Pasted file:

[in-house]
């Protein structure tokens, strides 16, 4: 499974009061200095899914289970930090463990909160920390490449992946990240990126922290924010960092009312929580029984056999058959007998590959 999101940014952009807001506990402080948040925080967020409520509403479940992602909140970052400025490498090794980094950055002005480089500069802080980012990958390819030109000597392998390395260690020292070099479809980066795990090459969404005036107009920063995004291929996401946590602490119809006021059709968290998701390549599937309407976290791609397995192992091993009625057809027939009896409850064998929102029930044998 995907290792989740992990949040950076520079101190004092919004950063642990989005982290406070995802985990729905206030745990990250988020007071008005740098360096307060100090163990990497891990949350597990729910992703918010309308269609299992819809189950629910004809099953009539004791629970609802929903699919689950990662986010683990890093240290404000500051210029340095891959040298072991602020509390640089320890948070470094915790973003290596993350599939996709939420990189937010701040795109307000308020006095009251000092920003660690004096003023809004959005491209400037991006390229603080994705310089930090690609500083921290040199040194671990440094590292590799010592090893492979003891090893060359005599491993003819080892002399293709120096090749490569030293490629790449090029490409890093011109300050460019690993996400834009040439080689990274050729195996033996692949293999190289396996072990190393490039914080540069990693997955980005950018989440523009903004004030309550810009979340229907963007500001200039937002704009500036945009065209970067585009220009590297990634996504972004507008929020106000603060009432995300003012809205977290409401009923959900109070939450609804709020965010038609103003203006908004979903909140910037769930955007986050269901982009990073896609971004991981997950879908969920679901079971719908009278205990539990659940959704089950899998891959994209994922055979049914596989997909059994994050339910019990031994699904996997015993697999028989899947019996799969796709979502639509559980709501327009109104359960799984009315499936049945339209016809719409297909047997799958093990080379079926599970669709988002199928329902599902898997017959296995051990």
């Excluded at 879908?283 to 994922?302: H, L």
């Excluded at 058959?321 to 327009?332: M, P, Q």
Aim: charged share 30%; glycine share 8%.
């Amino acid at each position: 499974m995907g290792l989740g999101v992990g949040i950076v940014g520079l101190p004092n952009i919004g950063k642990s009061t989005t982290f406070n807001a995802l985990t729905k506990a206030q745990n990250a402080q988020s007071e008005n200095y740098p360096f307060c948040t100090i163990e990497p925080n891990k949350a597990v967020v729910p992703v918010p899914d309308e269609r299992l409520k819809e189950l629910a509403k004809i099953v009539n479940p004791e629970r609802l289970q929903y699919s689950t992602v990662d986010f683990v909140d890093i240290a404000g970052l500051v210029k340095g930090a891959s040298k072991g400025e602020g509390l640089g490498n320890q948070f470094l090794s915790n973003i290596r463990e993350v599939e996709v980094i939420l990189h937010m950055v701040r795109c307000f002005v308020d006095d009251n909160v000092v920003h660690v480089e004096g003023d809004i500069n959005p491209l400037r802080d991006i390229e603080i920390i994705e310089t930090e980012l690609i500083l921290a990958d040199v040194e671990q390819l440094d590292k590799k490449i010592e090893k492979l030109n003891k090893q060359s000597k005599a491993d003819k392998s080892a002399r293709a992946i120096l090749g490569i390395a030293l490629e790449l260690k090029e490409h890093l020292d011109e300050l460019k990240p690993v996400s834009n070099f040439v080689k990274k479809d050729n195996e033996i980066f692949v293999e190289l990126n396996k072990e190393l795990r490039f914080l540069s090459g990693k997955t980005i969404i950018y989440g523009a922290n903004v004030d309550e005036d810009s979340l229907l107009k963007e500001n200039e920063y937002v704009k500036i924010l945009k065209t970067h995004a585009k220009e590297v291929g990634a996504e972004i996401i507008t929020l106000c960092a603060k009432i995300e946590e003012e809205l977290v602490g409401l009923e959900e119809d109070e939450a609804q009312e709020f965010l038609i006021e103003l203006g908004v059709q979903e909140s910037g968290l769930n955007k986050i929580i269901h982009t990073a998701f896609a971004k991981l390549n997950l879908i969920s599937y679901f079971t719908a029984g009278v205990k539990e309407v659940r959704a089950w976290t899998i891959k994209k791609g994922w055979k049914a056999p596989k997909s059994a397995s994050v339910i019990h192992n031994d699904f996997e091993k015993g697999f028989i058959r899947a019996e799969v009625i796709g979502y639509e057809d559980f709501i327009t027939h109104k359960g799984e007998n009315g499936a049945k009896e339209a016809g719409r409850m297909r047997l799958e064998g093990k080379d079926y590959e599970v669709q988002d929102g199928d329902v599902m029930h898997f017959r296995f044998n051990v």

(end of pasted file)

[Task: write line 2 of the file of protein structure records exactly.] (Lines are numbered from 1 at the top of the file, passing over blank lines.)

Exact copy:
């Protein structure tokens, strides 16, 4: 499974009061200095899914289970930090463990909160920390490449992946990240990126922290924010960092009312929580029984056999058959007998590959 999101940014952009807001506990402080948040925080967020409520509403479940992602909140970052400025490498090794980094950055002005480089500069802080980012990958390819030109000597392998390395260690020292070099479809980066795990090459969404005036107009920063995004291929996401946590602490119809006021059709968290998701390549599937309407976290791609397995192992091993009625057809027939009896409850064998929102029930044998 995907290792989740992990949040950076520079101190004092919004950063642990989005982290406070995802985990729905206030745990990250988020007071008005740098360096307060100090163990990497891990949350597990729910992703918010309308269609299992819809189950629910004809099953009539004791629970609802929903699919689950990662986010683990890093240290404000500051210029340095891959040298072991602020509390640089320890948070470094915790973003290596993350599939996709939420990189937010701040795109307000308020006095009251000092920003660690004096003023809004959005491209400037991006390229603080994705310089930090690609500083921290040199040194671990440094590292590799010592090893492979003891090893060359005599491993003819080892002399293709120096090749490569030293490629790449090029490409890093011109300050460019690993996400834009040439080689990274050729195996033996692949293999190289396996072990190393490039914080540069990693997955980005950018989440523009903004004030309550810009979340229907963007500001200039937002704009500036945009065209970067585009220009590297990634996504972004507008929020106000603060009432995300003012809205977290409401009923959900109070939450609804709020965010038609103003203006908004979903909140910037769930955007986050269901982009990073896609971004991981997950879908969920679901079971719908009278205990539990659940959704089950899998891959994209994922055979049914596989997909059994994050339910019990031994699904996997015993697999028989899947019996799969796709979502639509559980709501327009109104359960799984009315499936049945339209016809719409297909047997799958093990080379079926599970669709988002199928329902599902898997017959296995051990």